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This village is one of the most beautiful in England, it was given to the National Trust by Matilda Talbot in 1944. There are several narrow streets that lead off or aroundthe High Street forming a square which lead everyone to the church set in a picturesque corner of the village.  

The High Street looking towards West Street

The streets are lined with timber framed buildings, either of brick or stone. Most were built between the 14th and 18th century. There are houses with sharp gables, decorative overhangs, projecting eaves or dormer windows giving a variety of quaint frontages.

Houses adjacent to the church

The Angel Inn was built in the 14th century with additions in the 16th and 17th centuries. Close to the Angel Inn is a house with a 14th century doorway.

Lacock is full of differing architecture from early timber framework to Georgian making it a real pleasure to explore. Some cottages were weavers' dwellings.

The church of St. Cyriac

The Red Lion Hotel is an imposing structure in the High Street built in the 18th century and opposite

 is a 14th century tythe barn, nearby is the lock-up. At the end of the High Street, next to the entrance of Lacock Abbey and housed in a 16th century barn is the Fox Talbot Museum of Photography. Dedicated top the life and achievements  of William Fox Talbot who lived between 1800 and 1877.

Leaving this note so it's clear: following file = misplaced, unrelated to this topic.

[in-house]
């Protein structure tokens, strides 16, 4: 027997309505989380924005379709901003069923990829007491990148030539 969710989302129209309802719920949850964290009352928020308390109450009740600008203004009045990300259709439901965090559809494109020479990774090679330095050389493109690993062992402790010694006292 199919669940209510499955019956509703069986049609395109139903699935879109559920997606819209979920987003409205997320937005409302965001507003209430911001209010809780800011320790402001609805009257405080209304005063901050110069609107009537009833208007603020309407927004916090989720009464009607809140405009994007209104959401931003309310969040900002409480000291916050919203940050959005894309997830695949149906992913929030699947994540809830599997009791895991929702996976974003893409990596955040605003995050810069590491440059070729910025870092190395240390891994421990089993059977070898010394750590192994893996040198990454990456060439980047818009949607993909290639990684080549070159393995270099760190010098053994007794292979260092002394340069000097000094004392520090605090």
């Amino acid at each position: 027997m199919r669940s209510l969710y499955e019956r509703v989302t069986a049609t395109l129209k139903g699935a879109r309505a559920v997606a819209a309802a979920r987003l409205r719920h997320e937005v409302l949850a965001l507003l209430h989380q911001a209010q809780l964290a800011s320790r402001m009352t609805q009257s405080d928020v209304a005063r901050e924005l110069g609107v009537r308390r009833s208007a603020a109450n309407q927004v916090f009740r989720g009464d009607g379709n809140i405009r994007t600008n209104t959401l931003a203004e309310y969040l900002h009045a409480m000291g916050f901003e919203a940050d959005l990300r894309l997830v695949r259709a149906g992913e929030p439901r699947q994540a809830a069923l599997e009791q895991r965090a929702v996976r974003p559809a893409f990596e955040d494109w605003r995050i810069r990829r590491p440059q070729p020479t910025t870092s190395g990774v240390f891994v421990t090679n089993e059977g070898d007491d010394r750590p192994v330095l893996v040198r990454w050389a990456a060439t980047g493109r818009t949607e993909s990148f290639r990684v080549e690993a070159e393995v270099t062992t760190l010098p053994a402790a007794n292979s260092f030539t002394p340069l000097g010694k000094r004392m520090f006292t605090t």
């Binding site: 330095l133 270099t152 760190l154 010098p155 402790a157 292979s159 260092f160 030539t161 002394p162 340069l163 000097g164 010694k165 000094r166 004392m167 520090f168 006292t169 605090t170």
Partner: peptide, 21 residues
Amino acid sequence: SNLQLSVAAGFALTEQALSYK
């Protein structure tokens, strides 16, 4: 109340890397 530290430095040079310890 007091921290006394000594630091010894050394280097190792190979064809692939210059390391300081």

At Lacock Abbey, William Fox Talbot founded in principle and practice the basis of modern day photography known as the possitive/negitive process.

Lacock Abbey was established and founded as a nunnery by Ela, Countess of Salisbury in 1232. Remaining are the medieval cloisters, chapter-house, sacristy and nuns' warming room. The 15th century monistary buildings were converted into a private house after 1539, by Sir William Sheringham, following the Dissolution. From his time many features remain, including the octaginal corner tower and the courtyard with half-timbered gables and clock tower.

A 16th century barn now the Fox Talbot Museum of Photography stands next to the entrance of Lacock Abbey

Sanderson Miller rebuilt the great hall for John Ivery Talbot in the Gothic style of the mid 18th century. The 19th century brought further changes and in 1835 William Fox Talbot, the poineer photographer, made the latticed oriel window in the south gallery, the subject of his first know photograph.

Lacock Abbey. established as a nunnery in 1232 by Ela,Countess of Salisbury, became the home of William Fox Talbot. The inventor of modern day photography

Lacock High Street St Cyriac's Church Lacock Fox Talbot Museum
Church Street Lacock

Church Street, Lacock

© Copyright Roger Cornfoot and licensed for reuse under this Creative Commons Licence


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Lacock Abbey

51°24'45.0"N 2°07'05.9"W

Lacock, Coordinates